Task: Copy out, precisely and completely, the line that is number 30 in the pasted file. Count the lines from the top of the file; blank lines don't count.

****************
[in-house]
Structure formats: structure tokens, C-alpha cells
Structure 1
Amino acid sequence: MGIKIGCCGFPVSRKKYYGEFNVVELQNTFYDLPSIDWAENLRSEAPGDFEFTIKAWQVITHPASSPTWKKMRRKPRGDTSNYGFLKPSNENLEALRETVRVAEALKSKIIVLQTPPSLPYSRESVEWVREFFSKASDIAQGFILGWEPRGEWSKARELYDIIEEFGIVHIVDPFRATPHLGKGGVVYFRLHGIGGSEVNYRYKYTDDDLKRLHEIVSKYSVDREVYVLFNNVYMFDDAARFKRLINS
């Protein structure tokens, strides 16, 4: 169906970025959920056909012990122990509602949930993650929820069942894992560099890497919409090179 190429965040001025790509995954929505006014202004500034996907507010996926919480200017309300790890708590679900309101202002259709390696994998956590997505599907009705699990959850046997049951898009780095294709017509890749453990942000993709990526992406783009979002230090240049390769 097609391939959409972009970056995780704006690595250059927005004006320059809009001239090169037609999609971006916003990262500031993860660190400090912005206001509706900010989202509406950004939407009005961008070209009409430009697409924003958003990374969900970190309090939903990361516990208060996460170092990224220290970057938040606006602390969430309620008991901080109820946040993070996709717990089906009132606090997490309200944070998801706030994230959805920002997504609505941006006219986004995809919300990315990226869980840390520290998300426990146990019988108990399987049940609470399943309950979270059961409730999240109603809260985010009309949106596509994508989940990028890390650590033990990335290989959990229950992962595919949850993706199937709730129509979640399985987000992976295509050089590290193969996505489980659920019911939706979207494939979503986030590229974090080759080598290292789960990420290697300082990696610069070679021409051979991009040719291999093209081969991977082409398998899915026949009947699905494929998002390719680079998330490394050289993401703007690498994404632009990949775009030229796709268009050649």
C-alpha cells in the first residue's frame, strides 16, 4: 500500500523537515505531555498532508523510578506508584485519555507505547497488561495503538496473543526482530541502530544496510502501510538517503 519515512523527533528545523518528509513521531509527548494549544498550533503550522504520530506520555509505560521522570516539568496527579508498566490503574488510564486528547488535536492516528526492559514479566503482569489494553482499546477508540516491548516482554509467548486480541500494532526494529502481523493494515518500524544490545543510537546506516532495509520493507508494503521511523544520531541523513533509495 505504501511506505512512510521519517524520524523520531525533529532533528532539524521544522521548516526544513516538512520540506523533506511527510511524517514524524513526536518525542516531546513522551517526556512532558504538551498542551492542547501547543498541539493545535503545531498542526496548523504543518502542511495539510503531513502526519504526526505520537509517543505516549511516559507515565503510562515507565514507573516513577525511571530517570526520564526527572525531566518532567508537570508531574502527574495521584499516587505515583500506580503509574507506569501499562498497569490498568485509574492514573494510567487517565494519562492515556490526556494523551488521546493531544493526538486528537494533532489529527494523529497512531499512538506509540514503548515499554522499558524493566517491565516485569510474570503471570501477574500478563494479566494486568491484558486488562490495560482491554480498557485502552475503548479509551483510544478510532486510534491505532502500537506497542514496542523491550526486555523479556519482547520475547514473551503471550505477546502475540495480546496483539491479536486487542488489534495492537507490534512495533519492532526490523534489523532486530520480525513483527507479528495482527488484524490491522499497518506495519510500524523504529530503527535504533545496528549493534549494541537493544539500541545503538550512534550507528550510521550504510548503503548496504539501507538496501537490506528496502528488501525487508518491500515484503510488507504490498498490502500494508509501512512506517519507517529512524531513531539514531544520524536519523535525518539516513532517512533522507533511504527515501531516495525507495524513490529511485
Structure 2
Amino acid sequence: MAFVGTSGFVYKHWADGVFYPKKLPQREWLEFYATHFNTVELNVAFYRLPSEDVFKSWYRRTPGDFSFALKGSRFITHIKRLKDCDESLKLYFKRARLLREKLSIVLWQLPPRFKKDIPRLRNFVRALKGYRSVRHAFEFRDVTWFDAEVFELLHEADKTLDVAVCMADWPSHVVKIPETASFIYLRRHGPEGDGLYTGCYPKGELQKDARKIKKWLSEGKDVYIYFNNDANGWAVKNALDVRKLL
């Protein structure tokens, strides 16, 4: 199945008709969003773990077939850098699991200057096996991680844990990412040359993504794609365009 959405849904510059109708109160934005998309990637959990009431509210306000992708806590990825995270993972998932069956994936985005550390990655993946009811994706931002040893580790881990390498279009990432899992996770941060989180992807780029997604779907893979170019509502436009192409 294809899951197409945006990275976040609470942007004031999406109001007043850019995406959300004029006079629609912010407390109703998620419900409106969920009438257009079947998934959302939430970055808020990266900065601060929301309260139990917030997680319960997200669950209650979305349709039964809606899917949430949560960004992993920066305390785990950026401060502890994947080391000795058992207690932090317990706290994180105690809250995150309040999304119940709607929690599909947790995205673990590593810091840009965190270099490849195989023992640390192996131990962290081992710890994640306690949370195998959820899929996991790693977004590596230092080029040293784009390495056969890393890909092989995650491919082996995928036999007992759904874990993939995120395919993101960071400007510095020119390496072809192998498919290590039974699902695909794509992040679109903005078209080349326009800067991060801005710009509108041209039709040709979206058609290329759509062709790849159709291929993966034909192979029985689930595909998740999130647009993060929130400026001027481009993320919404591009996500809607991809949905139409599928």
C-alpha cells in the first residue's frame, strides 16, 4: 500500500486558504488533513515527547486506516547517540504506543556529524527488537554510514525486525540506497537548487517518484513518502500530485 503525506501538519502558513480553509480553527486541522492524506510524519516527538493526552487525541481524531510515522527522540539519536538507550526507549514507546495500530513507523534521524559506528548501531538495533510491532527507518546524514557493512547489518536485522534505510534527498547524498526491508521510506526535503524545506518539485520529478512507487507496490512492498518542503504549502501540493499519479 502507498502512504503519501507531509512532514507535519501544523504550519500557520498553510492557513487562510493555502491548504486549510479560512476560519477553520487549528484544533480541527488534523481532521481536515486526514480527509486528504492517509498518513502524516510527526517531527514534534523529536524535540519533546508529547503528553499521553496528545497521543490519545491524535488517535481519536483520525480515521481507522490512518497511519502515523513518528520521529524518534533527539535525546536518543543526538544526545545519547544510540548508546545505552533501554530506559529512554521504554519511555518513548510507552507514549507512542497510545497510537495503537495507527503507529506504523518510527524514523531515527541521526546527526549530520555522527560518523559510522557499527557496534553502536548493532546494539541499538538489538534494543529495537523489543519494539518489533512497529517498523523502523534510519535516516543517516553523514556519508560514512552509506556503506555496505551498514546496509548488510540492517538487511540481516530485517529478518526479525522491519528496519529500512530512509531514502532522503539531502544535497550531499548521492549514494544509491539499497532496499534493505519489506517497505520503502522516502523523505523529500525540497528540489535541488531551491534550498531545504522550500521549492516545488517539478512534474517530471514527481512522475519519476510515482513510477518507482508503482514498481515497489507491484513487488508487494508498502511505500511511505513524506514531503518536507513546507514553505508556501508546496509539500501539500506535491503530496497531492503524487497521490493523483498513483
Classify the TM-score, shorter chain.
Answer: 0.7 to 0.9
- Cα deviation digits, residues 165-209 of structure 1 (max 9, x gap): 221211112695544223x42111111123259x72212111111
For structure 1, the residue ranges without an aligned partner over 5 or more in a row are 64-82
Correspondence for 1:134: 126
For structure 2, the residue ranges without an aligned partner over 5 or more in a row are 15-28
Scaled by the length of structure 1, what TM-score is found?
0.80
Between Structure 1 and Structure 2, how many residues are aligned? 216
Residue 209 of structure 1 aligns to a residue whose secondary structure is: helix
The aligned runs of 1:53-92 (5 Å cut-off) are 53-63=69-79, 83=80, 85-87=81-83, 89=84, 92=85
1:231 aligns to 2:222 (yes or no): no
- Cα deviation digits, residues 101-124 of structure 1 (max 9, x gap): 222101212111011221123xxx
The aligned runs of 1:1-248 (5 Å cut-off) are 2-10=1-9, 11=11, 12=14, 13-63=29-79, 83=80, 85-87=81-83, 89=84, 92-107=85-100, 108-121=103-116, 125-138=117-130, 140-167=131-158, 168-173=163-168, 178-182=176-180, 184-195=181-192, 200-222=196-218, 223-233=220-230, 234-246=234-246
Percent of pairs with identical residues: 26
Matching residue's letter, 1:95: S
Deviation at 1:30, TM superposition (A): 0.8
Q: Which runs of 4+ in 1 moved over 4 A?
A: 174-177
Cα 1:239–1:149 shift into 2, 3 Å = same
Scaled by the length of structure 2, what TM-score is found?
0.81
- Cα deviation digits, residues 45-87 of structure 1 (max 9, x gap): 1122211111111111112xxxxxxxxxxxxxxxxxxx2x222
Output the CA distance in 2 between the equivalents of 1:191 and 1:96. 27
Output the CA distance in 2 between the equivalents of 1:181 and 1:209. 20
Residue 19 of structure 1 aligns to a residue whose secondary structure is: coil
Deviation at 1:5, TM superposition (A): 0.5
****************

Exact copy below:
Cα 1:239–1:149 shift into 2, 3 Å = same